Blog/Armstrong in the Media
Posted Feb 15, 2016 by Martin Armstrong
QUESTION: Mr. Armstrong; I read a Wall Street Journal article on you from 1999. They called you a Renaissance Man. You are certainly so diverse and a strong person to endure what you have but still you do not wallow in self pity. What is your secret?
ANSWER: My mother raised me to always stand up for what I believe in. Yes, I remember when the WSJ called me a “Renaissance man.” I am not sure why education today is so different from the days that created Renaissance men as we call them today. My theory is how you approach knowledge. I always looked for the connections. I think we teach our children in the total opposite manner. We departmentalize everything and in the process of dividing everything, we lose the knowledge of the whole.
When I was in high school, I took Spanish, French, and Latin. I had virtually completed the first semester when I was called down to the principal’s office. I was told I had to drop French because taking three languages at the same time, they determined, was too much for a student. I said my grades were fine, so obviously there was not a problem. My argument fell on a close mind. That was the rule and it was applied to me. I argued they were all Latin based, so I could see the connection between the three. The word for bed in Latin is lictus, in French lit, and in Spanish lecho. He thought I was a smartass because I asked if he comprehended what I was saying in French, comprendre, in Spanish, comprender, and then in Latin, comprehendere. He did not grasp my point. I was given a study hall in place of French and my enthusiasm for school went out the window.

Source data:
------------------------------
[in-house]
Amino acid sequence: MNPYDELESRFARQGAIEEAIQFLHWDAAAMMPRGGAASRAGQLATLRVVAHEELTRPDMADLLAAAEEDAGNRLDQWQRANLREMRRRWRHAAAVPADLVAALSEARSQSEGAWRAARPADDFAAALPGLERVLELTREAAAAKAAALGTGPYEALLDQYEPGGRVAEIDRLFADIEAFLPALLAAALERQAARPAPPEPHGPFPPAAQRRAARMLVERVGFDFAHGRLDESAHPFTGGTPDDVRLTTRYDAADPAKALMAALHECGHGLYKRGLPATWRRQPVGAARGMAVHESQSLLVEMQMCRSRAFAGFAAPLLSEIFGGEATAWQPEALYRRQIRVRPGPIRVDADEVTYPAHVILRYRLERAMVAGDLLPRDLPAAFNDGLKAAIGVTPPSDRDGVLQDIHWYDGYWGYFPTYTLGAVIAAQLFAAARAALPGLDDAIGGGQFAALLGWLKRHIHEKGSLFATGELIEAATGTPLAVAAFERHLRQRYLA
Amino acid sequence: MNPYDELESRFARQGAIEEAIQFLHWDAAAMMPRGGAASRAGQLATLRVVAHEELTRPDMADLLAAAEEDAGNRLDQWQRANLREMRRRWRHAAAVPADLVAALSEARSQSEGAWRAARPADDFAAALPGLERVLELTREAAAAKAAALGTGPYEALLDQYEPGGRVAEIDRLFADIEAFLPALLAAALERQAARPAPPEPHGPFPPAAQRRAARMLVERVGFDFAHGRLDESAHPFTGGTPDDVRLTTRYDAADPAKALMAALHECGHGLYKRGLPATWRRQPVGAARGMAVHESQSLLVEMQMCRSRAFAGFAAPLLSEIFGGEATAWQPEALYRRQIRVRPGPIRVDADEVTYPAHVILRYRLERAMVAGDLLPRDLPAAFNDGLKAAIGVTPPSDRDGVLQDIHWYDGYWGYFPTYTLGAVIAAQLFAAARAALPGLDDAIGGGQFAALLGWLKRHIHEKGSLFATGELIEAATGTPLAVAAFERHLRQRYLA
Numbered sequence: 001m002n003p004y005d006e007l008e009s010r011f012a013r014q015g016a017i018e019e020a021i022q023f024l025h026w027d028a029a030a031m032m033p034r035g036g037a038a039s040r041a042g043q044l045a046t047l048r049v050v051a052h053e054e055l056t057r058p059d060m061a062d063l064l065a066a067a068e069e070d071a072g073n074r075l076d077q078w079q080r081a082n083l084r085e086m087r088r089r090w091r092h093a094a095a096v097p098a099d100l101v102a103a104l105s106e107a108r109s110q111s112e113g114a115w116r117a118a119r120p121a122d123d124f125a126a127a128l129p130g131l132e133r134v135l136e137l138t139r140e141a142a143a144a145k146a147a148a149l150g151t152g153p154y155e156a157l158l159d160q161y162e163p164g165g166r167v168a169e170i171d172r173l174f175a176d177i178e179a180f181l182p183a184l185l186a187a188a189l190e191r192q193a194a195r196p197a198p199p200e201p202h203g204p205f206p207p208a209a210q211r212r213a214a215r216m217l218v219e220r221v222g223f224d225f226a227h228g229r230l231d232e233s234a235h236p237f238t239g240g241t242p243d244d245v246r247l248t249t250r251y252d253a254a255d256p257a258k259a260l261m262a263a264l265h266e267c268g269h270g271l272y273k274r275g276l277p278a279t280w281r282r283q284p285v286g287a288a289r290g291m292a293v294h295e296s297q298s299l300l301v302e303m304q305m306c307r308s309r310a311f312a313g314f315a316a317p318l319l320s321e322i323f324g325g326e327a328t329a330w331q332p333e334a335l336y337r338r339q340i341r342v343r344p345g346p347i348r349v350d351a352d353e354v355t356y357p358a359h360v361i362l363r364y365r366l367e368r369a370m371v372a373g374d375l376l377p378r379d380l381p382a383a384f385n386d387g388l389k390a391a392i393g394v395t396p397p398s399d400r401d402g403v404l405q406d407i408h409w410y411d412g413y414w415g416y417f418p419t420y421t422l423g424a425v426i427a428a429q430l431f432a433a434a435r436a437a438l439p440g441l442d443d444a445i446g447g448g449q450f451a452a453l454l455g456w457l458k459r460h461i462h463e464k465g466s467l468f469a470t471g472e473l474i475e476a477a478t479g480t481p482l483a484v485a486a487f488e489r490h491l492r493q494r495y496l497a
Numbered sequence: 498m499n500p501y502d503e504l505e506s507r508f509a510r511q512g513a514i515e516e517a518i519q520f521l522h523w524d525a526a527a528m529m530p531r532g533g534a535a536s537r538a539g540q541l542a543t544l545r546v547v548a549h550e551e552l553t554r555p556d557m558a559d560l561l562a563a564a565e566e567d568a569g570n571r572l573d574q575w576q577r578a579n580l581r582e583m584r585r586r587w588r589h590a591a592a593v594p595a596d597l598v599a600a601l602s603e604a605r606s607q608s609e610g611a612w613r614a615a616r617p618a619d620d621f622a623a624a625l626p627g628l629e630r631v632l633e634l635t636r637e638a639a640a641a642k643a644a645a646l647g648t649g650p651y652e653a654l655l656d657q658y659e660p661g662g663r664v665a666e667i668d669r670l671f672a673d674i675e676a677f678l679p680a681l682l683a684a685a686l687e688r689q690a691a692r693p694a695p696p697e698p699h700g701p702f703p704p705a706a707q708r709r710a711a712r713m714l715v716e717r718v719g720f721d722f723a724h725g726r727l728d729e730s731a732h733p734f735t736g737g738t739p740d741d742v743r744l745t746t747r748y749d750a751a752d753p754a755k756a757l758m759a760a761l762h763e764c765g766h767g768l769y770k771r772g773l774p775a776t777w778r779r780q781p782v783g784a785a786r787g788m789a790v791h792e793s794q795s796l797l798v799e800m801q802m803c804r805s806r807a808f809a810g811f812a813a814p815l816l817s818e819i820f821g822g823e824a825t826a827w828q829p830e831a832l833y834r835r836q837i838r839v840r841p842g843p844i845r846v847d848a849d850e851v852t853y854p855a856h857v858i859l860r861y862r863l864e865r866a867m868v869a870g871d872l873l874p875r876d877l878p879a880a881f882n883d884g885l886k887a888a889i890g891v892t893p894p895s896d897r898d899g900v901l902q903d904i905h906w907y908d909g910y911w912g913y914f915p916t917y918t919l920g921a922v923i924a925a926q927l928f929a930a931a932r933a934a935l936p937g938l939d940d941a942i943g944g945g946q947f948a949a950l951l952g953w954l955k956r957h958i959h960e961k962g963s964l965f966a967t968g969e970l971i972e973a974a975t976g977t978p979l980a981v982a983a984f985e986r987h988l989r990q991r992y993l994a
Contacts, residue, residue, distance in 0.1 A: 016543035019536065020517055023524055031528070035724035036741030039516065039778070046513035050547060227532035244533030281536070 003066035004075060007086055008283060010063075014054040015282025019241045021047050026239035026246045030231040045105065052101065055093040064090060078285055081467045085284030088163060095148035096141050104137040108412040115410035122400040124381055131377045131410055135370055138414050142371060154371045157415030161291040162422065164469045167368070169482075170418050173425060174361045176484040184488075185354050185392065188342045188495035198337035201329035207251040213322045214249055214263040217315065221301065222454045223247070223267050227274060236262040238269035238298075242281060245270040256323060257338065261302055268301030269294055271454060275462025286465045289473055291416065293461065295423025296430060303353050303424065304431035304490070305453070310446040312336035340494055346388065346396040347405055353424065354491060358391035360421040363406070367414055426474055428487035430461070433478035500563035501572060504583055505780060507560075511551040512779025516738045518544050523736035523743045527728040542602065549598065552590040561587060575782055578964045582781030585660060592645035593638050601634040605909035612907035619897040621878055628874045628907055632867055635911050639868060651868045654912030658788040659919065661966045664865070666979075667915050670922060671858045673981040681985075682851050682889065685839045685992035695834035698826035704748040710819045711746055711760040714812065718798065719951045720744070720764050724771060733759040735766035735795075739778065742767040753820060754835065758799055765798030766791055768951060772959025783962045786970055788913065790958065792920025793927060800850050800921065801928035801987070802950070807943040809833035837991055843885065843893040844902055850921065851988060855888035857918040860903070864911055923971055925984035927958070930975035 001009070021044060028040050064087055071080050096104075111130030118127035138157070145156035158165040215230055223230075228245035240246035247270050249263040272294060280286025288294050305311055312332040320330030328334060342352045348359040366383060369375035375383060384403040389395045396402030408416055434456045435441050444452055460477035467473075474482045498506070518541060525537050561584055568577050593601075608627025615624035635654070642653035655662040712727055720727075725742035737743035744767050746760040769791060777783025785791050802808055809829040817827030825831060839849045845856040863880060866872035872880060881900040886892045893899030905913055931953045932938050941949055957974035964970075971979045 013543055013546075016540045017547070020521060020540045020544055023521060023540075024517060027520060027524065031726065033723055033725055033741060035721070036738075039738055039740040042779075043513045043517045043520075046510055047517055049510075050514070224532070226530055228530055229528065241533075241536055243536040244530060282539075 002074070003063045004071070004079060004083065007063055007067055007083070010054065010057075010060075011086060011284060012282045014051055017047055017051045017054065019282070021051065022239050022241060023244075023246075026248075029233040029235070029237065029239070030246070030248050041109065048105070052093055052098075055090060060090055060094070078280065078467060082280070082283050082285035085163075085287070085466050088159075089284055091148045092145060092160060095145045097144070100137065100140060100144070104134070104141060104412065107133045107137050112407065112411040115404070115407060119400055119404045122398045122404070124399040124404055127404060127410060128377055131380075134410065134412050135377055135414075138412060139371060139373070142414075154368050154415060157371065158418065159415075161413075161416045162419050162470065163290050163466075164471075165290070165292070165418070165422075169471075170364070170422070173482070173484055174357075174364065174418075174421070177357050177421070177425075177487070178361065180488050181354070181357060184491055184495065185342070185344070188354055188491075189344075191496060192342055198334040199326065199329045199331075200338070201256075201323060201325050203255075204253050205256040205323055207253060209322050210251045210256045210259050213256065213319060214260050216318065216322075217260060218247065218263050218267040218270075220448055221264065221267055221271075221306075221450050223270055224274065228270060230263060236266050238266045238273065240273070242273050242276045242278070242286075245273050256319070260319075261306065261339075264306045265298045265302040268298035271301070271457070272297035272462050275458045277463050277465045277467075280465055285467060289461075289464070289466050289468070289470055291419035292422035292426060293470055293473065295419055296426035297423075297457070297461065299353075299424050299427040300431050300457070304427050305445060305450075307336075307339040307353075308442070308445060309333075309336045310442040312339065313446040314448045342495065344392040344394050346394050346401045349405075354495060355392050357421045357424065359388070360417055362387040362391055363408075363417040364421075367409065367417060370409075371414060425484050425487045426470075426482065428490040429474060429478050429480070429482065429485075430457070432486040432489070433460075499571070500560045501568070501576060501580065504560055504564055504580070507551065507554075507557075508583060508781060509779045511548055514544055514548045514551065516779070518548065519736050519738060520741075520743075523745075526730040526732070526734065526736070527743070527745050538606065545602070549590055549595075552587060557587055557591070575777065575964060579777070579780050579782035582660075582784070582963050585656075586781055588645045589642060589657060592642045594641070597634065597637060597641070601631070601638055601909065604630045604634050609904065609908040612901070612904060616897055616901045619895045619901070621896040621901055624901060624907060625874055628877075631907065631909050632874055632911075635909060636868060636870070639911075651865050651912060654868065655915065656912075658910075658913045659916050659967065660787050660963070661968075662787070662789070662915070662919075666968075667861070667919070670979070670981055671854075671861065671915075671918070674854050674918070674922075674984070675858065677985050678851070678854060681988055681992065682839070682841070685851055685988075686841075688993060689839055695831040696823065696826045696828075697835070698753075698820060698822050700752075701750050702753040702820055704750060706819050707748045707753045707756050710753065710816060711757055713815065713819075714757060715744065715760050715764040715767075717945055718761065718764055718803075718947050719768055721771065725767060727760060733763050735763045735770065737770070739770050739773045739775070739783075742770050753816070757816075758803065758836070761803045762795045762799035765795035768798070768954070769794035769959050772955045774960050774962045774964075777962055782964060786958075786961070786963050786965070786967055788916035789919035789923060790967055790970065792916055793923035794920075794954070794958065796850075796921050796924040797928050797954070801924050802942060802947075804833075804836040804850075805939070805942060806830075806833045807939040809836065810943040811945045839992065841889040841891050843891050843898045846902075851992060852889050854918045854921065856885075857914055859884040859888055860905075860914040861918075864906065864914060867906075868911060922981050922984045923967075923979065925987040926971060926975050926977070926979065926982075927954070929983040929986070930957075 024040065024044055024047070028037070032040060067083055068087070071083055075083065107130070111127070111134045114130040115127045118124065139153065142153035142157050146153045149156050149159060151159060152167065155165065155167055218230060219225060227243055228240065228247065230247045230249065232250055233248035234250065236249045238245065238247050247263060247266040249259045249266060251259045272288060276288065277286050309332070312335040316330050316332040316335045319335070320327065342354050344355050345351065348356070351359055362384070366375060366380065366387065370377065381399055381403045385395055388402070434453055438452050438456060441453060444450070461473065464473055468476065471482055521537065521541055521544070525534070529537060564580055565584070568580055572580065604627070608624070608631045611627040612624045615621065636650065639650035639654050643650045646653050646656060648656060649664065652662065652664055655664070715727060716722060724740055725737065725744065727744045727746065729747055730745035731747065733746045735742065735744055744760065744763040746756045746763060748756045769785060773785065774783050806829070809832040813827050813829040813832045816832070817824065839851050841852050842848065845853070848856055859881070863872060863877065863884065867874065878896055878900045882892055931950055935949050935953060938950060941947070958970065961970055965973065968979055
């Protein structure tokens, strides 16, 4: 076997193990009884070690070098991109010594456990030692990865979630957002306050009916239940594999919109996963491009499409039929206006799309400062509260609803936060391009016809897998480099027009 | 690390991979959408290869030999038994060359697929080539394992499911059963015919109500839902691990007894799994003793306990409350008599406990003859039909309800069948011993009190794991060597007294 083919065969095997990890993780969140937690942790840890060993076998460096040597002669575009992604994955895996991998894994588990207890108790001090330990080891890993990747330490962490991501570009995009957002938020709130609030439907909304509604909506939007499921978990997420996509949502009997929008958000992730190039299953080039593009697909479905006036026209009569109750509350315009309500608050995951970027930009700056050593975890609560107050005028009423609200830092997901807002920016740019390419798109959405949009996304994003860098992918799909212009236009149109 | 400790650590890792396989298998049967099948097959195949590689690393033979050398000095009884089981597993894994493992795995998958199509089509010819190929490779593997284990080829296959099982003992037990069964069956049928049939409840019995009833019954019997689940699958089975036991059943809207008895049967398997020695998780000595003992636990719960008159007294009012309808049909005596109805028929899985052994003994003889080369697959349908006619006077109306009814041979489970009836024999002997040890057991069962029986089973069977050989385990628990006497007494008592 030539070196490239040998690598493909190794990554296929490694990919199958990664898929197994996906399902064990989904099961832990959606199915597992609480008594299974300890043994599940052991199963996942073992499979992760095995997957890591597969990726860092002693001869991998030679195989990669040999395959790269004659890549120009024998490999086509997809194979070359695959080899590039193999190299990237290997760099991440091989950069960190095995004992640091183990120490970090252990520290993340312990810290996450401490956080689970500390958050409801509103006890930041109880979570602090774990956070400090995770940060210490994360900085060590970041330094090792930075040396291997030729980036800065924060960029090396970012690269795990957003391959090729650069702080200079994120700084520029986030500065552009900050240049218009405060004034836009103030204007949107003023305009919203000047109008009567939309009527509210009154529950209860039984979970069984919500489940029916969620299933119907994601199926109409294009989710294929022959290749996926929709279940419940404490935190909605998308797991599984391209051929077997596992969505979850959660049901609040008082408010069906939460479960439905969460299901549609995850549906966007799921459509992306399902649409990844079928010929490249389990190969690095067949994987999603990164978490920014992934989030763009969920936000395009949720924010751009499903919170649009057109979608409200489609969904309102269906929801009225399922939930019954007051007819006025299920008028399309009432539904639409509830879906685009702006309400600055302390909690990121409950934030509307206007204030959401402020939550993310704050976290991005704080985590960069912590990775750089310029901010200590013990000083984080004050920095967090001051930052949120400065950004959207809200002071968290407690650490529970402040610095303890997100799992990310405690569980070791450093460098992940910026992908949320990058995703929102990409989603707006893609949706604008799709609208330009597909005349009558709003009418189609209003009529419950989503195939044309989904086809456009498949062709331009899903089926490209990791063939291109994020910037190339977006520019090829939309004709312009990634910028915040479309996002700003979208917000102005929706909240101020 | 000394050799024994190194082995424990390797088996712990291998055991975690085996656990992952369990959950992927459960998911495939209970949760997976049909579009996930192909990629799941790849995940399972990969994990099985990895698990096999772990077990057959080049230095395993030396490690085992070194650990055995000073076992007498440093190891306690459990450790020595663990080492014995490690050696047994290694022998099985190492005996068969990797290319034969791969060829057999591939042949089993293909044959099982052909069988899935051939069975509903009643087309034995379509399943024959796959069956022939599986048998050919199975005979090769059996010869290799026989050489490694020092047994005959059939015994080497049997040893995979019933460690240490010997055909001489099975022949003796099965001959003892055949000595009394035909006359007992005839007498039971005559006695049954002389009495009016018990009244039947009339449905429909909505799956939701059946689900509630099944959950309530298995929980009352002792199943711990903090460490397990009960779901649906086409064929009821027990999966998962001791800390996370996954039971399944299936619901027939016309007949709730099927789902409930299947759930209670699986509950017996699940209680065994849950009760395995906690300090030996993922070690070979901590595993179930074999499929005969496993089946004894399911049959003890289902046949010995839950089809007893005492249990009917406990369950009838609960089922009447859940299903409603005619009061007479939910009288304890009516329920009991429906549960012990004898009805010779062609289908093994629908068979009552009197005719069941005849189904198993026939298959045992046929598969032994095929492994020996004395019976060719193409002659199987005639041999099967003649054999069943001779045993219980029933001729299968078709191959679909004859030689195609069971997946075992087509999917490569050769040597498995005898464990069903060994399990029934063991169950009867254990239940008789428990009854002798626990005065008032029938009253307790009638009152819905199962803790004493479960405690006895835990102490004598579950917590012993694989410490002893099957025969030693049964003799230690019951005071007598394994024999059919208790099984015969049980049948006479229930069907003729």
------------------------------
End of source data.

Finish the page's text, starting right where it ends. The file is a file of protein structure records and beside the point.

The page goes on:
So I do not know. If I am a Renaissance man, then I assume the real definition is someone who sees how everything connects between subjects. The formal definition of a Renaissance man is a person with many talents or areas of knowledge. To me, that misses the point. It is all about seeing the connections, not disconnected knowledge about everything. If there was a subject that did not fit the connections, then I was not interested.
Tags: Renaissance man